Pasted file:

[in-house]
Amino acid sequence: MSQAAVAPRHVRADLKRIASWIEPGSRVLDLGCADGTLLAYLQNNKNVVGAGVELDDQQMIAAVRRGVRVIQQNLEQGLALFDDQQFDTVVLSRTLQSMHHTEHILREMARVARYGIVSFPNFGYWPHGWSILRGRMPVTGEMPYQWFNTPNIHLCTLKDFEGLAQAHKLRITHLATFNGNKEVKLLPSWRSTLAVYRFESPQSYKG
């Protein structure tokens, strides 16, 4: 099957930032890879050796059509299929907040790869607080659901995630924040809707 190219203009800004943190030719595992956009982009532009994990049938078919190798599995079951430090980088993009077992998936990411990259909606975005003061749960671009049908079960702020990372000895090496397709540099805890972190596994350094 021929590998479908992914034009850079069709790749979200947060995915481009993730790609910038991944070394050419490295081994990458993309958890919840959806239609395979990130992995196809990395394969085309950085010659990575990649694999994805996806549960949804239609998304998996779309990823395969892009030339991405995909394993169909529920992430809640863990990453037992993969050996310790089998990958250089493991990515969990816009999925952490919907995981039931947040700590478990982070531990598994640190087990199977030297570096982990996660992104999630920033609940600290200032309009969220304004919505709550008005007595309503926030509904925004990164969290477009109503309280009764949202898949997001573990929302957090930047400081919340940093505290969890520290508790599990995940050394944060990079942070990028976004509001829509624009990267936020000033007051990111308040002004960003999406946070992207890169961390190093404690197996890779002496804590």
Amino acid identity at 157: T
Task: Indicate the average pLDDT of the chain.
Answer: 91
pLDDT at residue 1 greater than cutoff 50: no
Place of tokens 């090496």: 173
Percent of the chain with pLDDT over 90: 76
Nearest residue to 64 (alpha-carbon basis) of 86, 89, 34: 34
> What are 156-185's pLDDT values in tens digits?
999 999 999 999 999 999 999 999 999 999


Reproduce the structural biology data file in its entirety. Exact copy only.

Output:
[in-house]
Amino acid sequence: MSQAAVAPRHVRADLKRIASWIEPGSRVLDLGCADGTLLAYLQNNKNVVGAGVELDDQQMIAAVRRGVRVIQQNLEQGLALFDDQQFDTVVLSRTLQSMHHTEHILREMARVARYGIVSFPNFGYWPHGWSILRGRMPVTGEMPYQWFNTPNIHLCTLKDFEGLAQAHKLRITHLATFNGNKEVKLLPSWRSTLAVYRFESPQSYKG
């Protein structure tokens, strides 16, 4: 099957930032890879050796059509299929907040790869607080659901995630924040809707 190219203009800004943190030719595992956009982009532009994990049938078919190798599995079951430090980088993009077992998936990411990259909606975005003061749960671009049908079960702020990372000895090496397709540099805890972190596994350094 021929590998479908992914034009850079069709790749979200947060995915481009993730790609910038991944070394050419490295081994990458993309958890919840959806239609395979990130992995196809990395394969085309950085010659990575990649694999994805996806549960949804239609998304998996779309990823395969892009030339991405995909394993169909529920992430809640863990990453037992993969050996310790089998990958250089493991990515969990816009999925952490919907995981039931947040700590478990982070531990598994640190087990199977030297570096982990996660992104999630920033609940600290200032309009969220304004919505709550008005007595309503926030509904925004990164969290477009109503309280009764949202898949997001573990929302957090930047400081919340940093505290969890520290508790599990995940050394944060990079942070990028976004509001829509624009990267936020000033007051990111308040002004960003999406946070992207890169961390190093404690197996890779002496804590």
Amino acid identity at 157: T
Task: Indicate the average pLDDT of the chain.
Answer: 91
pLDDT at residue 1 greater than cutoff 50: no
Place of tokens 């090496």: 173
Percent of the chain with pLDDT over 90: 76
Nearest residue to 64 (alpha-carbon basis) of 86, 89, 34: 34
> What are 156-185's pLDDT values in tens digits?
999 999 999 999 999 999 999 999 999 999